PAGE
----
Document Detail

Effects of varenicline and bupropion sustained-release use plus intensive smoking cessation counseling on prolonged abstinence from smoking and on depression, negative affect, and other symptoms of nicotine withdrawal.
MedLine Citation:
PMID:  23536105     Owner:  NLM     Status:  MEDLINE    
IMPORTANCE: Given the actions of varenicline tartrate and bupropion hydrochloride sustained-release (SR) on neurobiological targets related to affect and reward, it is thought that the modulation of nicotine withdrawal symptoms may contribute to their effectiveness.
OBJECTIVE: To assess the relative efficacy of varenicline and bupropion SR plus intensive counseling on smoking cessation and emotional functioning.
DESIGN AND SETTING: Placebo-controlled randomized clinical trial at a university medical center.
PARTICIPANTS: In total, 294 community volunteers who wanted to quit smoking.
INTERVENTIONS: Twelve weeks of varenicline, bupropion SR, or placebo plus intensive smoking cessation counseling (10 sessions, for a total of approximately 240 minutes of counseling).
MAIN OUTCOME MEASURES: Prolonged abstinence from smoking and weekly measures of depression, negative affect, and other symptoms of nicotine withdrawal.
RESULTS: Significant differences were found in abstinence at the end of treatment and through the 3-month postquit follow-up visit, favoring both active medications compared with placebo. At the 6-month postquit follow-up visit, only the varenicline vs placebo comparison remained significant. Varenicline use was also associated with a generalized suppression of depression and reduced smoking reward compared with the other treatments, while both active medications improved concentration, reduced craving, and decreased negative affect and sadness compared with placebo, while having little effect (increase or decrease) on anxiety and anger. No differences were noted in self-reported rates of neuropsychiatric adverse events.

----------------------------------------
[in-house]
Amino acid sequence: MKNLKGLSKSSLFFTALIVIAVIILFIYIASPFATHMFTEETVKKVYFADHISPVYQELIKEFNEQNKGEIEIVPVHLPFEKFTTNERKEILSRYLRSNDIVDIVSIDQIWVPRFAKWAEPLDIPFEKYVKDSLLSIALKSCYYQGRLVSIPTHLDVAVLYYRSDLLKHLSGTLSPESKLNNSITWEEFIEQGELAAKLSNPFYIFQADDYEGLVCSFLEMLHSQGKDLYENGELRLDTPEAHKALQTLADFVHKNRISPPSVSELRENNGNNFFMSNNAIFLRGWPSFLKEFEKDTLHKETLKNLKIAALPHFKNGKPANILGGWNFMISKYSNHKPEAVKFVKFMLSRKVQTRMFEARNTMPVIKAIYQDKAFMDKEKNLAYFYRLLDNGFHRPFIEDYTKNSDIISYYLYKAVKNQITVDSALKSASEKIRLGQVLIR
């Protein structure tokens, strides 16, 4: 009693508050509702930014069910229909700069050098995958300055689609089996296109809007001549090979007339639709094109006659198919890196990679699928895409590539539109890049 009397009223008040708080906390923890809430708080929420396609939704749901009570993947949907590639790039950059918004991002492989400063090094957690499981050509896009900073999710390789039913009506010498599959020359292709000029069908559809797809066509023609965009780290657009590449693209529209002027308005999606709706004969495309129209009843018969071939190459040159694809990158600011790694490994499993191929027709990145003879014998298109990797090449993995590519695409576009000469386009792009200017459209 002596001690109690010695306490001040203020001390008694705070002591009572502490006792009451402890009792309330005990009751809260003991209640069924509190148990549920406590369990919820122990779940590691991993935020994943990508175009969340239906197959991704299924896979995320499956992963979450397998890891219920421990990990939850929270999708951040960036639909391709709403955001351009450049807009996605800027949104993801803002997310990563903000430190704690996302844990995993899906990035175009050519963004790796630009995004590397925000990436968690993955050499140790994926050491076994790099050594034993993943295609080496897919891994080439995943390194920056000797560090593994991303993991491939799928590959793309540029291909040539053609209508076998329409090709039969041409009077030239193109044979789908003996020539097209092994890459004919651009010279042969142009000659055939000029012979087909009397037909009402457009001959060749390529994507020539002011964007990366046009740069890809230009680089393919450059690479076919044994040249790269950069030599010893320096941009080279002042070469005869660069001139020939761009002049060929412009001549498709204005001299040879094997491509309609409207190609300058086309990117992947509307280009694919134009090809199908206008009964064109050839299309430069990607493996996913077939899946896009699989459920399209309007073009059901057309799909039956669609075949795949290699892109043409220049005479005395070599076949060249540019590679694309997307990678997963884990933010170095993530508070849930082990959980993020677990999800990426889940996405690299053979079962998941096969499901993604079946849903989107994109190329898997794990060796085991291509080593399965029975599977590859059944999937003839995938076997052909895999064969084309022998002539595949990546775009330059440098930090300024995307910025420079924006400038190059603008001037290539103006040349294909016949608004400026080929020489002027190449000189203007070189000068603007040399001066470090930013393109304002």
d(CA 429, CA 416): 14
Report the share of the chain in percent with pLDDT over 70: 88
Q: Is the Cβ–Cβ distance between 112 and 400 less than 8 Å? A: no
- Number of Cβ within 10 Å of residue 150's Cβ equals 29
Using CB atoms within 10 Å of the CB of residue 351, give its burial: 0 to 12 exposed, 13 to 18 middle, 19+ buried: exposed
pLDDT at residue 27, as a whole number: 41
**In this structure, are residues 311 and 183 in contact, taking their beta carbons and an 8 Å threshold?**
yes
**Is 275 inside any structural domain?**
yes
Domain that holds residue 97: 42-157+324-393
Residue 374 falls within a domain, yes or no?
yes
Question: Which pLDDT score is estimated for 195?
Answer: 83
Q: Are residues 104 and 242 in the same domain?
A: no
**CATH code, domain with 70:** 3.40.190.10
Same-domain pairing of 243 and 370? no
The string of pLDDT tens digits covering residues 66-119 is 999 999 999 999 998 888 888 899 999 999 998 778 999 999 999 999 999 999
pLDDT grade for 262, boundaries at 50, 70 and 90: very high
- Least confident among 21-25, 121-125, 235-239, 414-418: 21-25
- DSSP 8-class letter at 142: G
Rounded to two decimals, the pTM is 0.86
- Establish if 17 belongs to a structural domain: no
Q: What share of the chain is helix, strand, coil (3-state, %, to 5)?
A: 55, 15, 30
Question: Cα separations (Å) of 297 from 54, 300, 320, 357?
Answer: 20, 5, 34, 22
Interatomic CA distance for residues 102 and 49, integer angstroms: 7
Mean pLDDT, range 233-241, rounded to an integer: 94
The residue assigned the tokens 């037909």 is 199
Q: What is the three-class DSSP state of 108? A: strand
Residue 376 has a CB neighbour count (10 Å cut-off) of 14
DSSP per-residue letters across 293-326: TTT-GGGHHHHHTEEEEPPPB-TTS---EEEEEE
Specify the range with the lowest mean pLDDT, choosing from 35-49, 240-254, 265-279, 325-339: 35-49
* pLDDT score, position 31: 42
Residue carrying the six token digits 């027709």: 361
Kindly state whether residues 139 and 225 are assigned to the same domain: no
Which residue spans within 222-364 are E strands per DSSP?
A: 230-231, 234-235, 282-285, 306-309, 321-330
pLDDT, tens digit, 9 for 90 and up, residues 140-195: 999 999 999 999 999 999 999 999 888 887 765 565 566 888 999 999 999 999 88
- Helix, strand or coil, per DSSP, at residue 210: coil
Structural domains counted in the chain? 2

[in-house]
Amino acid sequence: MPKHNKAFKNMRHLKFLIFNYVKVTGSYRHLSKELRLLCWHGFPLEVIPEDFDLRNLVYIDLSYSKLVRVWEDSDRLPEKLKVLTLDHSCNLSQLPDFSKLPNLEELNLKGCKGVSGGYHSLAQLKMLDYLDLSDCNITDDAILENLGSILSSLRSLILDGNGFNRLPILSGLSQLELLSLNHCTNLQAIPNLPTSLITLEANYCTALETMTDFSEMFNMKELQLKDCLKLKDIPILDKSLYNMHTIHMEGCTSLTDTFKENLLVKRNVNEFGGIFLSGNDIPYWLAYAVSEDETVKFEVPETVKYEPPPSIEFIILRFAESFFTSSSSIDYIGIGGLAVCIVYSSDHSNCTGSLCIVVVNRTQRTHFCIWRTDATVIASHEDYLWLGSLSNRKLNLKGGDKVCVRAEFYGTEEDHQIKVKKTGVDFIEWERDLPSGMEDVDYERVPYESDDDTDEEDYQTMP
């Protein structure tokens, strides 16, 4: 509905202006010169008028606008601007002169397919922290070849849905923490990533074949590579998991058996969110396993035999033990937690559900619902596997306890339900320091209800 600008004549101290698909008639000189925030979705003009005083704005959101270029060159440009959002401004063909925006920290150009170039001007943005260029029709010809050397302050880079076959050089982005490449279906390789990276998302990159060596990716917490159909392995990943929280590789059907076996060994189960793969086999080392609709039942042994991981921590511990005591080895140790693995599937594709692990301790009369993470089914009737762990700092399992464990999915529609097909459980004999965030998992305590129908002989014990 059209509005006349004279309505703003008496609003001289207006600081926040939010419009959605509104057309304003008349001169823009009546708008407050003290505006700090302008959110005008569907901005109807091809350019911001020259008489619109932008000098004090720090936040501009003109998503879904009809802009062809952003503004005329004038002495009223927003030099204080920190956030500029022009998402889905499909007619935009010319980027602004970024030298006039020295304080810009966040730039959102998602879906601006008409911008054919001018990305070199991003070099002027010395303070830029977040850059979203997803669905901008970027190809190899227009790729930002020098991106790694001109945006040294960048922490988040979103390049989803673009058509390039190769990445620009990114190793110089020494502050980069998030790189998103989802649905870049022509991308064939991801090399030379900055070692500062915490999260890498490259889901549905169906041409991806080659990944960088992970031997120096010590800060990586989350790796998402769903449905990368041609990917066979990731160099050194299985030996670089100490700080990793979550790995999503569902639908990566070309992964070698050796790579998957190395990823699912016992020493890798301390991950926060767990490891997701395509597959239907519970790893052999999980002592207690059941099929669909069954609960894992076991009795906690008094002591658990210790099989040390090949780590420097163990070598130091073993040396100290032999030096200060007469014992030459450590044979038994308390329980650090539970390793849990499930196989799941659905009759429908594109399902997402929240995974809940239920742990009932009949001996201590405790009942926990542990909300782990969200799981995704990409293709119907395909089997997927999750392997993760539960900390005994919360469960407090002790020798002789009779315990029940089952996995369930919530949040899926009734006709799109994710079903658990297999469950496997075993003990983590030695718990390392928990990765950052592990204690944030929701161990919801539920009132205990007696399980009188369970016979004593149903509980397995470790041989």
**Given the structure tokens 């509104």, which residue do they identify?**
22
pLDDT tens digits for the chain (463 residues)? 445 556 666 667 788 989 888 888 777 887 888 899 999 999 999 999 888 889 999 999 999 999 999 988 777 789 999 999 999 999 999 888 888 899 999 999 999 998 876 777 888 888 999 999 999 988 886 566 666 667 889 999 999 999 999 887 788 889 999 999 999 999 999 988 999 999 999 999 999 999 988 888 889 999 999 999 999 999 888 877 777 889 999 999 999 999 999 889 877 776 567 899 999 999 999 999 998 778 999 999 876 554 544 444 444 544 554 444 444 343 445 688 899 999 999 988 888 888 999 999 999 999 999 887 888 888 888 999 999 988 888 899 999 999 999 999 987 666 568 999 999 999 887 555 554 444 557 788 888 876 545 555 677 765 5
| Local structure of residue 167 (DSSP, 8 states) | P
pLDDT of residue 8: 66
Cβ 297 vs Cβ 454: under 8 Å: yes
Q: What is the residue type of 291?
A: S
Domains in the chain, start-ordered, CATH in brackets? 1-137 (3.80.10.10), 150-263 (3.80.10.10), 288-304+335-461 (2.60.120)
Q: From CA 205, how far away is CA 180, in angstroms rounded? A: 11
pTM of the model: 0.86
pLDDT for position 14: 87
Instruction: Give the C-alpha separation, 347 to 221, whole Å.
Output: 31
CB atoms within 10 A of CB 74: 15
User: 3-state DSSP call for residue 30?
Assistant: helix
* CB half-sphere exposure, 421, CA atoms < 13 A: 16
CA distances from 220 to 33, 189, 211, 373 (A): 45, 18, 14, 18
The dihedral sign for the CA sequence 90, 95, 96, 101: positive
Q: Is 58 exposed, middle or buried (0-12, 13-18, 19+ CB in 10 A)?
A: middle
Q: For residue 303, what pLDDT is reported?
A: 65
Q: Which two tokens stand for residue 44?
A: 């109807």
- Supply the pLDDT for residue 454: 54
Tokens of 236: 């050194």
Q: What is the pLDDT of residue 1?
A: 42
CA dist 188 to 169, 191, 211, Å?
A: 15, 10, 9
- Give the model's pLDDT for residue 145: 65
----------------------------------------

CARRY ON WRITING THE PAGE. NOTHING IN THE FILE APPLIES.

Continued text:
CONCLUSIONS AND RELEVANCE: In a community sample, varenicline exerts a robust and favorable effect on smoking cessation relative to placebo and may have a favorable (suppressive) effect on symptoms of depression and other affective measures, with no clear unfavorable effect on neuropsychiatric adverse events.
TRIAL REGISTRATION: Identifier: NCT00507728.
Paul M Cinciripini; Jason D Robinson; Maher Karam-Hage; Jennifer A Minnix; Cho Lam; Francesco Versace; Victoria L Brown; Jeffrey M Engelmann; David W Wetter
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Publication Detail:
Type:  Comparative Study; Journal Article; Randomized Controlled Trial; Research Support, N.I.H., Extramural; Research Support, Non-U.S. Gov't    
Journal Detail:
Title:  JAMA psychiatry     Volume:  70     ISSN:  2168-6238     ISO Abbreviation:  JAMA Psychiatry     Publication Date:  2013 May 
Date Detail:
Created Date:  2013-05-02     Completed Date:  2013-06-27     Revised Date:  2014-08-14    
Medline Journal Info:
Nlm Unique ID:  101589550     Medline TA:  JAMA Psychiatry     Country:  United States    
Other Details:
Languages:  eng     Pagination:  522-33     Citation Subset:  AIM; IM    
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MeSH Terms
Benzazepines / administration & dosage*,  adverse effects
Bupropion / administration & dosage*,  adverse effects
Combined Modality Therapy
Counseling / methods*
Delayed-Action Preparations / administration & dosage,  adverse effects,  pharmacology
Depression* / chemically induced,  drug therapy,  psychology
Middle Aged
Nicotine / adverse effects
Nicotinic Agonists / administration & dosage*,  adverse effects
Quinoxalines / administration & dosage*,  adverse effects
Smoking / drug therapy*,  psychology
Smoking Cessation* / methods,  psychology
Substance Withdrawal Syndrome* / drug therapy,  etiology,  psychology
Treatment Outcome
Young Adult
Grant Support
Reg. No./Substance:
0/Benzazepines; 0/Delayed-Action Preparations; 0/Nicotinic Agonists; 0/Quinoxalines; 01ZG3TPX31/Bupropion; 54-11-5/Nicotine; W6HS99O8ZO/varenicline
Comment In:
Evid Based Med. 2014 Feb;19(1):23   [PMID:  23990527 ]

From MEDLINE®/PubMed®, a database of the U.S. National Library of Medicine

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